Therein, lies your problem. It's a grounding problem.
Question from Dave (1960):
Would there be a problem if my generator went down and I had to replace it with a modern alternator with the regulator built in then swap the wires over on the amp meter? If I am right it should read a charge. Can anyone confirm this theory. Or would it damage other components?
The later 60 came with an alternator. Perhaps you can locate the parts to mount it.
To use the amp meter you would have to wire it slightly different, if you don't you will smoke check the gauge. I did this to my 81 IMP two weeks ago. It was set up for a voltage light and I was told the amp gauge would work fine. WRONG!! As soon as I hooked up the new gauge cluster it literally smoked and died. I now have an autometer voltage gauge installed.
Question from Marc (1960):
I was wondering if anyone has replaced the generator with an alternator on a 60 Imperial. I am placing dual air conditioning on an engine that previously didn't have it, so I have to upgrade the Generator anyways. I was just hoping someone had upgraded to an alternator before and could possibly tell me a part # to use for the Alternator and the Voltage regulator. I know originality is a factor to most, but I've only dealt with alternators and I like the fact that if the battery dies you can get a jump and still run off the alternator until the battery gets charged.
This point is moot for those unlucky Imperial owners who don't have a rear pump in their transmission, however. Last year for the rear pump is somewhere in the mid-60's.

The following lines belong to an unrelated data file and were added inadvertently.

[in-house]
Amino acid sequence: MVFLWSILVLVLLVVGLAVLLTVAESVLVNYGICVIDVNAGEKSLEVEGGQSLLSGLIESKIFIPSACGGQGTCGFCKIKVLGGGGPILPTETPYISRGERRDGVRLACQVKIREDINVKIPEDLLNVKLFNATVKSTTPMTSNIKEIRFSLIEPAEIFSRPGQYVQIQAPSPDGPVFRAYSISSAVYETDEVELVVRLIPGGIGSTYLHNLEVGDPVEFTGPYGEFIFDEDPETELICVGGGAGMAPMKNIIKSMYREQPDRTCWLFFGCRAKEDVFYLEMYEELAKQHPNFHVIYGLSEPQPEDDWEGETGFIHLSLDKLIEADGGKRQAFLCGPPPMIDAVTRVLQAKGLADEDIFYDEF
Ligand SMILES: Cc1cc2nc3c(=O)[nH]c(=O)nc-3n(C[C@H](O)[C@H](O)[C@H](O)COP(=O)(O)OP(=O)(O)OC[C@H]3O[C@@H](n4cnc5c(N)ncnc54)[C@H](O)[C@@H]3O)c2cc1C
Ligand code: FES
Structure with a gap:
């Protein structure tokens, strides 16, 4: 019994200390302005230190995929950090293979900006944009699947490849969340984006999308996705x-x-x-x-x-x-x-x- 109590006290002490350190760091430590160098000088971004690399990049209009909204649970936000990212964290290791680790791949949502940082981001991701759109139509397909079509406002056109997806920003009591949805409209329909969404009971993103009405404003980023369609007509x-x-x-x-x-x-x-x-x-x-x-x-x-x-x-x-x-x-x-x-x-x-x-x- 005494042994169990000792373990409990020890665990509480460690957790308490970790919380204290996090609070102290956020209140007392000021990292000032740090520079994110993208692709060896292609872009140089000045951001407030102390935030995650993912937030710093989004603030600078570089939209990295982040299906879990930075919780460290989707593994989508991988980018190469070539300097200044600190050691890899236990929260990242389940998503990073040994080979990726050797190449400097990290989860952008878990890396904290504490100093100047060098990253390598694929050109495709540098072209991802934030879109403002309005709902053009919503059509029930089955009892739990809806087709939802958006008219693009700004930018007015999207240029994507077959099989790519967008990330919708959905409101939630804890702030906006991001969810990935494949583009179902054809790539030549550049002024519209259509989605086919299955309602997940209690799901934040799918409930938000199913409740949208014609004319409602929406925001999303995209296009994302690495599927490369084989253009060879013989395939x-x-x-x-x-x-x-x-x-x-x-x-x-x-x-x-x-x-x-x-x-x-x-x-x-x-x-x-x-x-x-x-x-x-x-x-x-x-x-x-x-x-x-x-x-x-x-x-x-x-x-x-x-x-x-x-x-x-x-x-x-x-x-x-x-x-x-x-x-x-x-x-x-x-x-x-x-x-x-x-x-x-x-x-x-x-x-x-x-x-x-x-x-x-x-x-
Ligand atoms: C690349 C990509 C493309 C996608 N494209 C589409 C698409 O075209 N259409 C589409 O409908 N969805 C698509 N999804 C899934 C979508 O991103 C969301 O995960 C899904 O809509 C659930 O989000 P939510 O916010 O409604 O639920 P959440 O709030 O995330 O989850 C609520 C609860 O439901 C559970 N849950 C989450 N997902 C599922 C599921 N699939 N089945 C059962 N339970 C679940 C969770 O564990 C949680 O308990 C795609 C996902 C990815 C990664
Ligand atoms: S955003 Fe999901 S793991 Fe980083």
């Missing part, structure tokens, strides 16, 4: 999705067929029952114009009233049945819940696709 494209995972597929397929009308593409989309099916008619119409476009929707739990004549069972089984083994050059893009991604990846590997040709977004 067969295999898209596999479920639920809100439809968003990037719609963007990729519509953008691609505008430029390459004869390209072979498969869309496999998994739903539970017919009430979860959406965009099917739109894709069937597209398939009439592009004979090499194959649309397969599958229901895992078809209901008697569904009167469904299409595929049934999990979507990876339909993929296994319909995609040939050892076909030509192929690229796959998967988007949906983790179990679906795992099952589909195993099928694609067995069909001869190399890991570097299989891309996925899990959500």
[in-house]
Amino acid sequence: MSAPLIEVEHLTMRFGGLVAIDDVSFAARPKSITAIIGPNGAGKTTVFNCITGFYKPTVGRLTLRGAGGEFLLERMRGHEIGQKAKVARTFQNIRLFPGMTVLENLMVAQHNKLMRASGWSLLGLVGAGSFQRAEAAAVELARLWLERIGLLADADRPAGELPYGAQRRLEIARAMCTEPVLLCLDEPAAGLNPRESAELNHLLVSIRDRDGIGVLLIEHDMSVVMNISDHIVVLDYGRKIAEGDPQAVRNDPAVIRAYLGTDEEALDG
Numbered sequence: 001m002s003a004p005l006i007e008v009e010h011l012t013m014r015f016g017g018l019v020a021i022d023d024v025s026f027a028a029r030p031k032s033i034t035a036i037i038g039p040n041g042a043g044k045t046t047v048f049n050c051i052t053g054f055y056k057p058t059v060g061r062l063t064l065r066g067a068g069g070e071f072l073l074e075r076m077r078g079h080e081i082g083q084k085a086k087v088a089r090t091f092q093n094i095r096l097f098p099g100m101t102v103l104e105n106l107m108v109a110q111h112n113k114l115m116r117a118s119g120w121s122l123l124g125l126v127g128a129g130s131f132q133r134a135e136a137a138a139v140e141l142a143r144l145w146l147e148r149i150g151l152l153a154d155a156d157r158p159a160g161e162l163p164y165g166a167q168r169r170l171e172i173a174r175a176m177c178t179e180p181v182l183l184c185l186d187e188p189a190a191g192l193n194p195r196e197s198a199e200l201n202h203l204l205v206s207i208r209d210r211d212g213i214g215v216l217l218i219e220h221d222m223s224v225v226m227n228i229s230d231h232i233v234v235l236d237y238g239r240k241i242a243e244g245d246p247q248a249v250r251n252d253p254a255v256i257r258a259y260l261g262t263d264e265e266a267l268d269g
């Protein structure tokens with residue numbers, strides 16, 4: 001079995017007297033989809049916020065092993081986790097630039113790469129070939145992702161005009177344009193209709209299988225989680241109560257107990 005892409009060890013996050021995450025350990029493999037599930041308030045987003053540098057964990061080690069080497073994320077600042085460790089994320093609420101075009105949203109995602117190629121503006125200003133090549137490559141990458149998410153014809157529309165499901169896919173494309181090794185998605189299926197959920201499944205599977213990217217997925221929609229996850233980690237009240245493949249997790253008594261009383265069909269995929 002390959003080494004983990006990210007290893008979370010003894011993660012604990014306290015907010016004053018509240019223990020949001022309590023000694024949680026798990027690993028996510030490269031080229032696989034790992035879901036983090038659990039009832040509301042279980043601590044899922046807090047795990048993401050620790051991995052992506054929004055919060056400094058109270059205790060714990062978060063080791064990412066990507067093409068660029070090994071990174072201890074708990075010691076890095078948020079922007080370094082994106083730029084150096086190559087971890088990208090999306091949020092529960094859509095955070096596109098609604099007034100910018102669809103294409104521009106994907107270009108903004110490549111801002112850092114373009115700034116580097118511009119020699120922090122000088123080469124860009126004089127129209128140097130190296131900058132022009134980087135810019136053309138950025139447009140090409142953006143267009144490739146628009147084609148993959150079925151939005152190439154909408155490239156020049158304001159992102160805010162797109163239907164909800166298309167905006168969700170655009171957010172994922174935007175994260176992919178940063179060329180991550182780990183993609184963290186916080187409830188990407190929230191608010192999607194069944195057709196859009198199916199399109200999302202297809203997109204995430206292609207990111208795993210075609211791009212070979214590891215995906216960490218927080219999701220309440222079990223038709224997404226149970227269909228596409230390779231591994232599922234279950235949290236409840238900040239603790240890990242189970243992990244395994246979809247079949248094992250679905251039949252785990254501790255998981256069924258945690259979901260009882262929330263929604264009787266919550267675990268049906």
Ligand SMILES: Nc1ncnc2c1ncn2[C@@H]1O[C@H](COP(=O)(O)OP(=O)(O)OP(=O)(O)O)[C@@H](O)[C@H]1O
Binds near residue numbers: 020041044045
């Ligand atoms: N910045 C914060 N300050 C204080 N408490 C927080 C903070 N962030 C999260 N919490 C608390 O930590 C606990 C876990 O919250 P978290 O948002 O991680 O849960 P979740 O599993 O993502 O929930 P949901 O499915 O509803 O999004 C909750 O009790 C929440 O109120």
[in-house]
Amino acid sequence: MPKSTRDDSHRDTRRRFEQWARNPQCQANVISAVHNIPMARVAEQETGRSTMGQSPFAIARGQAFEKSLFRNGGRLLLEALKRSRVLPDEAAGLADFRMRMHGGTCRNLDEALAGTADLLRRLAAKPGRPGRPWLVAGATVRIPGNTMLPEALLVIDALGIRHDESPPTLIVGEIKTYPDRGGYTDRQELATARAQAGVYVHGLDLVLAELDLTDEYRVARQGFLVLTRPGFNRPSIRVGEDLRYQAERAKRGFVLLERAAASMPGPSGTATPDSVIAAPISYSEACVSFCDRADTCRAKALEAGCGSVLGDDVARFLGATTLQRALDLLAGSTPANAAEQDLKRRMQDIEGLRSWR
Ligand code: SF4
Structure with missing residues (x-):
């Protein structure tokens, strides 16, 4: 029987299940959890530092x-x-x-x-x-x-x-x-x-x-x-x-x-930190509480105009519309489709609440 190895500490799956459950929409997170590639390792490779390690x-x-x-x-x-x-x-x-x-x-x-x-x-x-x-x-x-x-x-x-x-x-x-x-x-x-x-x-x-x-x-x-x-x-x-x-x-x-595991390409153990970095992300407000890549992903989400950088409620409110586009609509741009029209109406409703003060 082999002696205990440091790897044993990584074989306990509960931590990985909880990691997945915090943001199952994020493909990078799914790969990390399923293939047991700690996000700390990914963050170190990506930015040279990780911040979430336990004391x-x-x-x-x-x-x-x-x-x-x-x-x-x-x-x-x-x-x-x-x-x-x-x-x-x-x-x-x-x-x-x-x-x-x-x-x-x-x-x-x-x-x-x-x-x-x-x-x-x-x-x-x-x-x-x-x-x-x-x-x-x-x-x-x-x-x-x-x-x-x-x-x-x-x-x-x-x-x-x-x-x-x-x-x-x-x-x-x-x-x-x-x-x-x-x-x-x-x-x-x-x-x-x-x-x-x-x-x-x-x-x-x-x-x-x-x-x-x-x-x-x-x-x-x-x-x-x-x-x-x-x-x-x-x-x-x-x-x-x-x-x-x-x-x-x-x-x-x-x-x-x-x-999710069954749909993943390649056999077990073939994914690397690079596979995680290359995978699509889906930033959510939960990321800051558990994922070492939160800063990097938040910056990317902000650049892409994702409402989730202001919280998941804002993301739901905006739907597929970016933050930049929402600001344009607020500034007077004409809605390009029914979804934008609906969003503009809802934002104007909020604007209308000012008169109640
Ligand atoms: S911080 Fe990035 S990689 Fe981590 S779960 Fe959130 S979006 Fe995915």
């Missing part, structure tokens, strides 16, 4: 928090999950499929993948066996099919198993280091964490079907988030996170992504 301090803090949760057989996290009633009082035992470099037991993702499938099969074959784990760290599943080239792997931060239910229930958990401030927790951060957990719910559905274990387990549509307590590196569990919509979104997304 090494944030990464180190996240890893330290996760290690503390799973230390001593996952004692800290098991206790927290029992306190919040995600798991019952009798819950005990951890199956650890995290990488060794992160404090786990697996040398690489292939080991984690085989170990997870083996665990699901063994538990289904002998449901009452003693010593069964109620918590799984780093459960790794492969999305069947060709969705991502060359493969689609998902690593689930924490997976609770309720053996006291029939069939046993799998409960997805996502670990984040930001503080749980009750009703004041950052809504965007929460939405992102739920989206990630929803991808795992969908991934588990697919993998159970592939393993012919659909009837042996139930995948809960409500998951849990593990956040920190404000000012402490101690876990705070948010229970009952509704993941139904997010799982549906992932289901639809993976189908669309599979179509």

I changed to alternator which is mounted different. I had to cut off a piece of the header/mounting part. As to electric - I exchanged the total front lining, fuses and relays with new ones from US. Now the relays, fuses, voltage regulator are under the driver seat but -- because of the long way I increased the diameter of the alternator - ammeter - regulator lining. As You see - changing something on an IMP is always special. Not with a CHEVY.
From what I understand the late production 1960 Imperials used an alternator anyways so the originality factor isn't as much of a problem with those cars as on might think. Luckily the 61' and later 413s and 383s engines came with them as standard equipment so I would think that it would just be a matter of a bolt on and some wiring changes to make it work provided you use a Chrysler alternator. I would go by a 61' to 63' Imperial's wiring diagram to find out what goes where and whether you need a different voltage regulator. Some manuals may even show an early and late model wiring diagram for the 1960 model year as well which would make it even easier to convert. Unfortunately with my car the power steering pump is power through the back of the generator so this isn't as viable of an option.